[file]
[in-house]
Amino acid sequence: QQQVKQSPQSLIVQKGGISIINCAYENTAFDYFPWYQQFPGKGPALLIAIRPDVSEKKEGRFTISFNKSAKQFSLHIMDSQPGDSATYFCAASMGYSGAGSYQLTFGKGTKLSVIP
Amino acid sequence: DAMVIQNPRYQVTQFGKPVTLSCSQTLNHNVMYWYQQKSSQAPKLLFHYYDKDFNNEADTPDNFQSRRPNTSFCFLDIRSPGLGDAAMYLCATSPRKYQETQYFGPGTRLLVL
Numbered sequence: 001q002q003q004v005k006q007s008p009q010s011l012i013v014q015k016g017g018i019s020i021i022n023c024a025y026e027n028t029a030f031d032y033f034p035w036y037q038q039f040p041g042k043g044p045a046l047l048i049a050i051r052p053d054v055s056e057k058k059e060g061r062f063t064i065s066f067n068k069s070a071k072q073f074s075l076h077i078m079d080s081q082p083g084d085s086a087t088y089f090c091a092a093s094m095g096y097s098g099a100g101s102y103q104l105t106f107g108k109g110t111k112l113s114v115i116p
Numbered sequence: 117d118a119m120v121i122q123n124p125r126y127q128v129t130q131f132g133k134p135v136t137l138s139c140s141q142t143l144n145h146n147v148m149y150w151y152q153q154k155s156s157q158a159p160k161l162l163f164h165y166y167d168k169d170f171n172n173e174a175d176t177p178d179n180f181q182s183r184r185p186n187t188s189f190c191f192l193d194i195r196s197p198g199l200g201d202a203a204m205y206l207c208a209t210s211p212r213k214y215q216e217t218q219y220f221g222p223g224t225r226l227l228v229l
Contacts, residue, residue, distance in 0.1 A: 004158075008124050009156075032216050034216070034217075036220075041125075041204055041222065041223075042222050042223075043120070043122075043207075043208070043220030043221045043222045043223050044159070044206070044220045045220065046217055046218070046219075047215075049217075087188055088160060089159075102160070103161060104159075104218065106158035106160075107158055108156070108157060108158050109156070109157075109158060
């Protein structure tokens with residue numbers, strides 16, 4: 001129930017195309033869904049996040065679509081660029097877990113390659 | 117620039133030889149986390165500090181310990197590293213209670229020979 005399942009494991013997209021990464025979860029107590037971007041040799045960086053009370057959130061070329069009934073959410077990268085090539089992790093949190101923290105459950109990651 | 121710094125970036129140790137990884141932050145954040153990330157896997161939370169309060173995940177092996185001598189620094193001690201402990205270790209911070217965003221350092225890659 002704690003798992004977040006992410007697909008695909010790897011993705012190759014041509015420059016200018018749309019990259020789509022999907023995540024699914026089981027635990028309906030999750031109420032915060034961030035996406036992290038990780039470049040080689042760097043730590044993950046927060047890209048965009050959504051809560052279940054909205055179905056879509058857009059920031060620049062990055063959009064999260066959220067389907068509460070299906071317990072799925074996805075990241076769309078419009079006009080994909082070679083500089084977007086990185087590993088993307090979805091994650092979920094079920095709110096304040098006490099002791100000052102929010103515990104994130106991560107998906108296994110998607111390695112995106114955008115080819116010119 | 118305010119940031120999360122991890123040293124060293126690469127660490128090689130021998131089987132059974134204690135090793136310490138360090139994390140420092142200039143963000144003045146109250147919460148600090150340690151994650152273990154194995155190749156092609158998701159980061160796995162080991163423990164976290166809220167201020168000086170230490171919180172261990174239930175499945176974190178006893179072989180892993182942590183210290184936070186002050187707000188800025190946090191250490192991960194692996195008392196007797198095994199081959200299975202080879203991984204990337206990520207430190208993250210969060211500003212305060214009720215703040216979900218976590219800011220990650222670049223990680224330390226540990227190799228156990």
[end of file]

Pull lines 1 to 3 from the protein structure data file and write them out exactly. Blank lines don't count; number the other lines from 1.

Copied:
[in-house]
Amino acid sequence: QQQVKQSPQSLIVQKGGISIINCAYENTAFDYFPWYQQFPGKGPALLIAIRPDVSEKKEGRFTISFNKSAKQFSLHIMDSQPGDSATYFCAASMGYSGAGSYQLTFGKGTKLSVIP
Amino acid sequence: DAMVIQNPRYQVTQFGKPVTLSCSQTLNHNVMYWYQQKSSQAPKLLFHYYDKDFNNEADTPDNFQSRRPNTSFCFLDIRSPGLGDAAMYLCATSPRKYQETQYFGPGTRLLVL